Although the death of a spouse may be an expected change, it is a particularly powerful loss of a loved one. A spouse often becomes part of the other in a unique way: many widows and widowers describe losing ‘half’ of themselves. After a long marriage, at older ages, the elderly may find it a very difficult assimilation to begin anew.
At younger ages as well, a marriage relationship was often a profound one for the survivor. And finally, it must be taken into account as a factor the manner in which the spouse passed away. The survivor of a spouse who died of an illness has a different experience of such loss than a survivor of a spouse who died by, say, an act of violence. The grief, in all events, however, can always be of the most profound sort to the widow and the widower.
Furthermore, most couples have a division of ‘tasks’ or ‘labor’, e.g., the husband mows the yard, the wife pays the bills, etc. which, in addition to dealing with great grief and life changes, means added responsibilities for the bereaved. Social isolation may also become imminent, as many groups composed of couples find it difficult to adjust to the new identity of the bereaved, and the bereaved themselves have great challenges in reconnecting with others. Widows of many cultures, for instance, wear black for the rest of their lives to signify the loss of their husband and their grief. Only in more recent decades has this tradition been reduced to a period of two years, while some religions such as Christian Orthodox many widows will still continue to wear black for the remainder of their lives.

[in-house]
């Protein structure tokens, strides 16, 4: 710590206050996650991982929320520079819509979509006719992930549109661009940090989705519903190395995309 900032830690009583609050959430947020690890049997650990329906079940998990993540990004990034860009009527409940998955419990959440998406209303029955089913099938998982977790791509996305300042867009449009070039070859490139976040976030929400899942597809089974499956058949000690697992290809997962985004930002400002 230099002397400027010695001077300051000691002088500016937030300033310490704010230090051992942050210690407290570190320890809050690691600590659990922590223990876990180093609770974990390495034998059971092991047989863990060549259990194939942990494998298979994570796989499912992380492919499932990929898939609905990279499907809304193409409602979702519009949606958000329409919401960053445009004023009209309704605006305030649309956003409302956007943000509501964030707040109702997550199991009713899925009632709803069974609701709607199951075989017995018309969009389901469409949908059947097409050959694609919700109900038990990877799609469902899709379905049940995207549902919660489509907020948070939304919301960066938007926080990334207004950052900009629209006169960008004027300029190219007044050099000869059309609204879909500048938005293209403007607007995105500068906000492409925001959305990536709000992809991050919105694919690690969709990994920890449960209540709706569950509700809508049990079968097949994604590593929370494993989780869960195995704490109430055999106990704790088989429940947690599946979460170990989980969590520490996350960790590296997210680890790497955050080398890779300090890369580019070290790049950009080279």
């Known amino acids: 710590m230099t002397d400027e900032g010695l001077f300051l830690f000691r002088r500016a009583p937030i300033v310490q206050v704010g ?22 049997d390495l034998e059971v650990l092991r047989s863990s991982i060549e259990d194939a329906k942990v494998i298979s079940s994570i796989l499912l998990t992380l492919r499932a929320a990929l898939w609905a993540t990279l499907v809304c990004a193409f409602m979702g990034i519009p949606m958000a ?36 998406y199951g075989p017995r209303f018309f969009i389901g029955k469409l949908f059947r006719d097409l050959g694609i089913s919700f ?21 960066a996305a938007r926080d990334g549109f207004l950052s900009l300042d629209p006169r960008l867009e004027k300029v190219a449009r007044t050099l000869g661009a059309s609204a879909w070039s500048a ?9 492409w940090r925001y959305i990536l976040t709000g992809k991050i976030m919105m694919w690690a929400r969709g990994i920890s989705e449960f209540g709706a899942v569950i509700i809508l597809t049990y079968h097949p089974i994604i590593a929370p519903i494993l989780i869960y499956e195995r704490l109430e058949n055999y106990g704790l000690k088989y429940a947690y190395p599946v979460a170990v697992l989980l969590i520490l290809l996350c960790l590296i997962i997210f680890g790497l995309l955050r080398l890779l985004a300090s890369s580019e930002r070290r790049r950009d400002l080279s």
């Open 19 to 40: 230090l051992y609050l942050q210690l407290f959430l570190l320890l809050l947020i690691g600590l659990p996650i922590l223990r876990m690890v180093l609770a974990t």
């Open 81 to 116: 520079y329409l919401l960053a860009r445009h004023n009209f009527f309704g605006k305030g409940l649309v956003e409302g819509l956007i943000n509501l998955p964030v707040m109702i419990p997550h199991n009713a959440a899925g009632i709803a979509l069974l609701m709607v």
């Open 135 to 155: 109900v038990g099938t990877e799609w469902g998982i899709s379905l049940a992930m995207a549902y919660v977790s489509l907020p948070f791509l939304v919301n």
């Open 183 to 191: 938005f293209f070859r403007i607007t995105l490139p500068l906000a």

Death of a parent
For a child, the death of a parent, without support to manage the effects of the grief, may result in long-term psychological harm. This is more likely if the adult carers are struggling with their own grief and are psychologically unavailable to the child. There is a critical role of the surviving parent or caregiver in helping the children adapt to a parent’s death. Studies have shown that losing a parent at a young age did not just lead to negative outcomes; there are some positive effects. Some children had an increased maturity, better coping skills and improved communication. Adolescents valued other people more than those who have not experienced such a close loss.